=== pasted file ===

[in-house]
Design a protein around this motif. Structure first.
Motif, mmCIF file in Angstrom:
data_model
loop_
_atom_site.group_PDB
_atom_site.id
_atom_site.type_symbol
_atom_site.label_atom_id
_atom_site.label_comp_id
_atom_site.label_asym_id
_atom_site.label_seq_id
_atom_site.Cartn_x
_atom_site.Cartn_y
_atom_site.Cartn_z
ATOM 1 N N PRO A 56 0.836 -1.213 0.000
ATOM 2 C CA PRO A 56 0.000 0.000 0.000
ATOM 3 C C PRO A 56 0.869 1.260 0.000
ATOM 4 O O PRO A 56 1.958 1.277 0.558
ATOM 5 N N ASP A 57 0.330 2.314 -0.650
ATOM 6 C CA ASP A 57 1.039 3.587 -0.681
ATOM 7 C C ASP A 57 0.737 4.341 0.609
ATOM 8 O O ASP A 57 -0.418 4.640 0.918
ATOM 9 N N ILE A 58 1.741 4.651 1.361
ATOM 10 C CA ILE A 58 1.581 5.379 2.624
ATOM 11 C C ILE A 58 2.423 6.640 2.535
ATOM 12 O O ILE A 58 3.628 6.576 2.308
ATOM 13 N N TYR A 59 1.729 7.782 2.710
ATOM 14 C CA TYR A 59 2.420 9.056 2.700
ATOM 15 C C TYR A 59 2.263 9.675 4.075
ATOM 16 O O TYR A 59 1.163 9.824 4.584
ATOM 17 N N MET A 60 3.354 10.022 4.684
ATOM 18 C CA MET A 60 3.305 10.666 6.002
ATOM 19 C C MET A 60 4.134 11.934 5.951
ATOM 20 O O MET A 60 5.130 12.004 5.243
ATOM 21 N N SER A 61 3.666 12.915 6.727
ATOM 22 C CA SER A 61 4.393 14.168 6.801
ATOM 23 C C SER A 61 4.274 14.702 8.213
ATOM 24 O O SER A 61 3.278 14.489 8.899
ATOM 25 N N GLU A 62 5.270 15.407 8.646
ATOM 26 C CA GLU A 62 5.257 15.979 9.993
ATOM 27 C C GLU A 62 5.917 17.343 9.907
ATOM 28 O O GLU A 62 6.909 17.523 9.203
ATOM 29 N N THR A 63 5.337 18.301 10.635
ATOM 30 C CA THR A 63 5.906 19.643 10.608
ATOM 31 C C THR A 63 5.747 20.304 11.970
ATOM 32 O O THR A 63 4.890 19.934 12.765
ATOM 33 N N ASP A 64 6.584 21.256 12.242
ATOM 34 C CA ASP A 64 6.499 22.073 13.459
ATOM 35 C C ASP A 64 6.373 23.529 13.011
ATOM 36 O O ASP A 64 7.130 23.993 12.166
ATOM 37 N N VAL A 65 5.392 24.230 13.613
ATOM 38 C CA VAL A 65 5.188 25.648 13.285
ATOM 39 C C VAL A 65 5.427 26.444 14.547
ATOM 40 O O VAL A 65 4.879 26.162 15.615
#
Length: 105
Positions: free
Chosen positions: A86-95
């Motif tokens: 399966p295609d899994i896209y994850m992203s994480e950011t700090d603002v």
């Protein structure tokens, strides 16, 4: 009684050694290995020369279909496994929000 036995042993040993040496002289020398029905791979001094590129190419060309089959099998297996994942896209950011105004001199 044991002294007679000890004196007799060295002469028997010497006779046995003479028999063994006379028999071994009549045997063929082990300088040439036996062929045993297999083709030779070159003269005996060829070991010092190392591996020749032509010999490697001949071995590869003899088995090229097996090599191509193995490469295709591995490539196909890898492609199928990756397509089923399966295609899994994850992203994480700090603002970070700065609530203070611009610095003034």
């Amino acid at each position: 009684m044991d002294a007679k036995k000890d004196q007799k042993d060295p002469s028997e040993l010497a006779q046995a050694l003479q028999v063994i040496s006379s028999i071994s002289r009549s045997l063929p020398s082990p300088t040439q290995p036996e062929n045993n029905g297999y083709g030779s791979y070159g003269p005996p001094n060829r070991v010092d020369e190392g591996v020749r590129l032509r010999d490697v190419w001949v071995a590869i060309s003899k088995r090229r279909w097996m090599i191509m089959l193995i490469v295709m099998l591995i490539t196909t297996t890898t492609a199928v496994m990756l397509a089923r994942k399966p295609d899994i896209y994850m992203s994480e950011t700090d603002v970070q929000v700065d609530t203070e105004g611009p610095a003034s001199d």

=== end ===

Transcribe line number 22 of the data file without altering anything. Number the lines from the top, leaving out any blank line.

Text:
ATOM 7 C C ASP A 57 0.737 4.341 0.609